You no longer need a Mac to code iOS apps on Windows

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iPhone 7 Coding iPhone apps on PC
just got a lot easier.
Photo: Ste Smith/Cult of Mac

Developing iOS apps no longer requires access to a Mac, thanks
to a new program introduced by Microsoft called Xamarin Live
Player.

Microsoft
unveiled the new tool today at its Build 2017 developer
conference. With Xamarin Live Player, developers can deploy iOS
apps directly to an iPhone using Visual Studio on a PC,
removing altogether the need for a Mac to code.


Before
Microsoft’s update to Xamarin today, developers still needed a
Mac running Xcode on their local network. Visual Studio would
then remotely control the Mac to debug and test code.
Microsoft’s elimination of that requirement should open up iOS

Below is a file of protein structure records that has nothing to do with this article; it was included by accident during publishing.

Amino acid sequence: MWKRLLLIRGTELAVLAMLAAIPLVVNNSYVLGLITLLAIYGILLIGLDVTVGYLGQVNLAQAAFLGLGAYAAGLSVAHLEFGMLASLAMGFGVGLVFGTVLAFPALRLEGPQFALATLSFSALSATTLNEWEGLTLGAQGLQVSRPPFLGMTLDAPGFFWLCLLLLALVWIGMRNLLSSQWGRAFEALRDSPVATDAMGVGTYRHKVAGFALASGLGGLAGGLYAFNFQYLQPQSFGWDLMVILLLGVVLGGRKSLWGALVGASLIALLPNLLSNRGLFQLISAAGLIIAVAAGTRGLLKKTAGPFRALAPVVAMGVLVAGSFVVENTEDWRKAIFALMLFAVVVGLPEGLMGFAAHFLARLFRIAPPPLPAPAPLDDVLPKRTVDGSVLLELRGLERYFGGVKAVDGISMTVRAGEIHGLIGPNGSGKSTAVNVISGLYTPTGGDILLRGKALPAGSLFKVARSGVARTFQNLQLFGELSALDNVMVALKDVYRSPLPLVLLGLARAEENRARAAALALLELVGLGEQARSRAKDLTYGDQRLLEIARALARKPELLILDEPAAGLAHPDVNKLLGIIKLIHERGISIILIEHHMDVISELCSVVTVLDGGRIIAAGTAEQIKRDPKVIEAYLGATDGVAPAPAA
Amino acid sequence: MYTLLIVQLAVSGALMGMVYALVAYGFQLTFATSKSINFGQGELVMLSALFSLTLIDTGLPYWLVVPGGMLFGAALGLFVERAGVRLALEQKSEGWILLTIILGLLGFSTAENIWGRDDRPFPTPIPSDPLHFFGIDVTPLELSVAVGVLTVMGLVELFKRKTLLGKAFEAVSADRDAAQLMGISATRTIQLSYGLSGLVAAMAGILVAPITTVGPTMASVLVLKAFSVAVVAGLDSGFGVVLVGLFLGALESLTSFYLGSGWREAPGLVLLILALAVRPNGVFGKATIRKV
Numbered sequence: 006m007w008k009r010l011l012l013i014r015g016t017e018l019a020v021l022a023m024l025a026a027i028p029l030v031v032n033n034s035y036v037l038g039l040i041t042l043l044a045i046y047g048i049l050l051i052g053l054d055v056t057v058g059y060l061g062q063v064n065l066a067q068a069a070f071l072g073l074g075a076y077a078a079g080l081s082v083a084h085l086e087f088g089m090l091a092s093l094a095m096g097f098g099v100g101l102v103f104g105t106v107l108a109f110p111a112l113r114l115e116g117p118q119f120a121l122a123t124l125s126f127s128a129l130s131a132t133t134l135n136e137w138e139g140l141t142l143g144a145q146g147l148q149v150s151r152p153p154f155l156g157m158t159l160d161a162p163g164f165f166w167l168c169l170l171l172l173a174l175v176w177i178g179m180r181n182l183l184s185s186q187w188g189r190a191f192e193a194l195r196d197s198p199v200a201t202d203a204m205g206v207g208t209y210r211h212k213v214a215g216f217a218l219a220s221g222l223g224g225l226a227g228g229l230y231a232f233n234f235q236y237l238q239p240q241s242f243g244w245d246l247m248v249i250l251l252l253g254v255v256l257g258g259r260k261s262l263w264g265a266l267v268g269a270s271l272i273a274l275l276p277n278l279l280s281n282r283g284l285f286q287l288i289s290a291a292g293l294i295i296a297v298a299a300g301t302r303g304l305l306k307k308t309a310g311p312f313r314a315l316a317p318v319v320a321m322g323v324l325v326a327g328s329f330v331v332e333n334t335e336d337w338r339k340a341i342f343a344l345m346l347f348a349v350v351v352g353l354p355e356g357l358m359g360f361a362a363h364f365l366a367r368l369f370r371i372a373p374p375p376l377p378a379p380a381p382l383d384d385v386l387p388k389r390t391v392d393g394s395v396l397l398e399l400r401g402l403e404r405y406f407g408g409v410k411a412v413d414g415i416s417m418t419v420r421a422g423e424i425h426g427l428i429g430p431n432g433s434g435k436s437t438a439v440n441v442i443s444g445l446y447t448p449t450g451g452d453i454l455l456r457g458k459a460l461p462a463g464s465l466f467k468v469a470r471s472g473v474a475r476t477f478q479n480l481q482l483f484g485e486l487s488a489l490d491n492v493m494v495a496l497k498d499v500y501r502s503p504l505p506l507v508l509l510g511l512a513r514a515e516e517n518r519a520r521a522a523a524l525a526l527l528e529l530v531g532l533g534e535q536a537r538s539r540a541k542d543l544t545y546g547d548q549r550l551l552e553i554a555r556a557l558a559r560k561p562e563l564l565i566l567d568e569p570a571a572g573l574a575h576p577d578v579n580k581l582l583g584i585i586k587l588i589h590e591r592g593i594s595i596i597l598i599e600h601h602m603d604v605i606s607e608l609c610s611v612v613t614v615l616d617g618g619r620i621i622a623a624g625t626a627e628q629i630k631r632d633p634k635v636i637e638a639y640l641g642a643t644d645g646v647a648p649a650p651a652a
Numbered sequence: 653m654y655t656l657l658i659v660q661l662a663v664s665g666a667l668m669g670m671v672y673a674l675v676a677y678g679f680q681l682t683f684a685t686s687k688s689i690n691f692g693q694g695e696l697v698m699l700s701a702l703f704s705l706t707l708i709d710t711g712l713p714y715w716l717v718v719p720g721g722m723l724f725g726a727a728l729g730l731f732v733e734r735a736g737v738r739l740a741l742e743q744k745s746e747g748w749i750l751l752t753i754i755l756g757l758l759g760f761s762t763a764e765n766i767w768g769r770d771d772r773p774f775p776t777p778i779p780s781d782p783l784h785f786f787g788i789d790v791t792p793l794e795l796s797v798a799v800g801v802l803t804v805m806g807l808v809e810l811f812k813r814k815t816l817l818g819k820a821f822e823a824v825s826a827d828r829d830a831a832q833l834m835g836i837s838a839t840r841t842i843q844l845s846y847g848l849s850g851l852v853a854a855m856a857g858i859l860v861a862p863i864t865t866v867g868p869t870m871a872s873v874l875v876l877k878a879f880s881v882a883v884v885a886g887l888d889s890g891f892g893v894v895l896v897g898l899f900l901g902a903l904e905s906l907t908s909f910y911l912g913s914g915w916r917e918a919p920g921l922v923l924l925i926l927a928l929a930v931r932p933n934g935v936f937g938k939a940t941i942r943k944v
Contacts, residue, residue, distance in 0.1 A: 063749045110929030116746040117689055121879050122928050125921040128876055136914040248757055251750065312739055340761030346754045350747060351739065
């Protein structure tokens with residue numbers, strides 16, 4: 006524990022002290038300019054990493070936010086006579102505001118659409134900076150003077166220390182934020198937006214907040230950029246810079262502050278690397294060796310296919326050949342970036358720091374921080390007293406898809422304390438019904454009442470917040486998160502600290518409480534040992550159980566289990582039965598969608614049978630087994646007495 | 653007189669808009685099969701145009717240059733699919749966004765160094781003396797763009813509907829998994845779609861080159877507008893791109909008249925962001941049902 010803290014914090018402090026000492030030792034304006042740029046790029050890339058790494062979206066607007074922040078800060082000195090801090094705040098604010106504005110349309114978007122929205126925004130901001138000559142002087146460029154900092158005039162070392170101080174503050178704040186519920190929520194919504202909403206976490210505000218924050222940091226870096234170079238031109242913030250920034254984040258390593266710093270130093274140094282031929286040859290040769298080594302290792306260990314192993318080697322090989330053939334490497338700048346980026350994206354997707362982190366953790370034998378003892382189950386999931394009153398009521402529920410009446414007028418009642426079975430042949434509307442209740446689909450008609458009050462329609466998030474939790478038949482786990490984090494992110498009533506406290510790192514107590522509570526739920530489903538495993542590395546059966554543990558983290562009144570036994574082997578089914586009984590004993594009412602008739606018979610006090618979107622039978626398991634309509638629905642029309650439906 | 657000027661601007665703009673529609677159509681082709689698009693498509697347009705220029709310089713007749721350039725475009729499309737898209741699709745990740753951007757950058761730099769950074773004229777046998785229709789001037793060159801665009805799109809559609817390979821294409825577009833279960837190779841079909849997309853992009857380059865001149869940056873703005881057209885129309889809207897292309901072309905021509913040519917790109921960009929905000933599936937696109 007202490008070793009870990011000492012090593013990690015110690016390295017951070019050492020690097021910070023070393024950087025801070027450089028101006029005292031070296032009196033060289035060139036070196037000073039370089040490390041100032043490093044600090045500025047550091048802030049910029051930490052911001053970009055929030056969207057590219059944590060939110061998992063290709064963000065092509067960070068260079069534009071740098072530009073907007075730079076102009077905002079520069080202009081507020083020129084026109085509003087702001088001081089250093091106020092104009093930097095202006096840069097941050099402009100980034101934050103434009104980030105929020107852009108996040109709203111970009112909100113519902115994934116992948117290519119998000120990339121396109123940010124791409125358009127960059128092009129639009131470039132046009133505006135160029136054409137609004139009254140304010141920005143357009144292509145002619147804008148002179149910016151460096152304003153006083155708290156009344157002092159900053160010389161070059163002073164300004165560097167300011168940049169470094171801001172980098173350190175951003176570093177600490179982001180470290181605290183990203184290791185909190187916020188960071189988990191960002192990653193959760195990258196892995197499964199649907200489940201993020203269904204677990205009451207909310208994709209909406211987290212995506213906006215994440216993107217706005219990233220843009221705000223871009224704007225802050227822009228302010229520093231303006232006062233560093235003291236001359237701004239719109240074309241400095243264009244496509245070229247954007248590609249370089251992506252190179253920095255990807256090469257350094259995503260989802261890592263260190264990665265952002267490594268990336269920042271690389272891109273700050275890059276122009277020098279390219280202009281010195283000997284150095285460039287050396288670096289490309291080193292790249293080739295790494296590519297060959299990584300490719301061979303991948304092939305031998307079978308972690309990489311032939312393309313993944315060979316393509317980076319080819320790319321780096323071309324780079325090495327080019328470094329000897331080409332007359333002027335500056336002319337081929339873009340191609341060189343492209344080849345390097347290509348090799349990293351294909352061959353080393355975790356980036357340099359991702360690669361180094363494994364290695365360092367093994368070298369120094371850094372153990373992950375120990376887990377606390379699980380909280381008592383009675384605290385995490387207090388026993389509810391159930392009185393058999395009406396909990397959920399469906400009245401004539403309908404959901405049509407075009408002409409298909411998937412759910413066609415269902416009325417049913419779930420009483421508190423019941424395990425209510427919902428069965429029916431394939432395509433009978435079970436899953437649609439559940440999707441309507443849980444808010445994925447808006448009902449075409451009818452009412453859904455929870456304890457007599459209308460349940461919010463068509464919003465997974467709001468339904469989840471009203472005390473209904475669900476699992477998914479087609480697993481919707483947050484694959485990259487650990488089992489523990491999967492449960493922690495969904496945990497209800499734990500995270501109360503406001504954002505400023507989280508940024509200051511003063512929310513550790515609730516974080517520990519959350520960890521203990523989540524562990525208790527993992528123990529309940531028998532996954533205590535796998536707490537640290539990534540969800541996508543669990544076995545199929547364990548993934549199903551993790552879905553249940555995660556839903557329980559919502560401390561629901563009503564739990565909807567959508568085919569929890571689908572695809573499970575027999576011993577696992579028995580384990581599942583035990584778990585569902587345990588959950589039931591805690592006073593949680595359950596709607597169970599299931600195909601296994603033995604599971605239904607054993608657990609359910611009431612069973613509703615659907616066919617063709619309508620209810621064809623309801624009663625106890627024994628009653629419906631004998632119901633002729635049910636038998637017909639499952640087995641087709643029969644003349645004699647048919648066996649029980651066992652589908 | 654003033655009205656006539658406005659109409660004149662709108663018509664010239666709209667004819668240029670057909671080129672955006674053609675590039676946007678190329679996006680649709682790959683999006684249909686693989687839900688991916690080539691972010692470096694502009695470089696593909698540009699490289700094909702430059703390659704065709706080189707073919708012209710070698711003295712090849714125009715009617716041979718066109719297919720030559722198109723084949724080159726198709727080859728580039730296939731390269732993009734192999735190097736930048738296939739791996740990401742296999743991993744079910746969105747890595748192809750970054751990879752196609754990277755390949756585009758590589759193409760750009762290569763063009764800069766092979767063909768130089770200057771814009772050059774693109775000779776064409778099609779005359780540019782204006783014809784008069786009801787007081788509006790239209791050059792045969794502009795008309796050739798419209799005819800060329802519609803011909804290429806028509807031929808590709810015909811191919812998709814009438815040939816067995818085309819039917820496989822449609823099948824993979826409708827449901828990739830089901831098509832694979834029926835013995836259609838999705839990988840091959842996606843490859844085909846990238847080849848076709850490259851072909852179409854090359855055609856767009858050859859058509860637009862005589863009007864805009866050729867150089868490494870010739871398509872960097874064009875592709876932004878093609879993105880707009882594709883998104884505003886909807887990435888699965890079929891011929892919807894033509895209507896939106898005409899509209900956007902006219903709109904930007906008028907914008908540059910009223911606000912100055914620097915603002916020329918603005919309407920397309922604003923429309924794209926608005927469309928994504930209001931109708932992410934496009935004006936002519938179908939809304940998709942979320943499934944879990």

development to even more devs who prefer to code in Visual
Studio.


“Simply pair your device with Visual
Studio by scanning a QR code, and hit debug like you normally
would,”
Microsoft’s Nat Friedman explained
during today’s demo.
“The application is deployed in seconds to the Live Player app,
enabling you to quickly develop and test your changes without
having to recompile and redeploy your application. And you can
set breakpoints and debug your application, on device, and over
the air.”

Unfortunately,
submitting the app to the App Store and creating the final
build still require a Mac. However, you can now code on a PC
laptop from anywhere you want without worrying about needing a
Mac nearby.


One of the
other drawbacks of using Live Player to code iOS apps is that
it uses an interpreter for .NET code, which means apps that run
through it are slower than if you coded them on a Mac. Xamarin
Live Player supports Android apps as well, but developers have
been able to code on Windows PCs for ages now, so it’s not that
big of a feature.




Source: appleact.com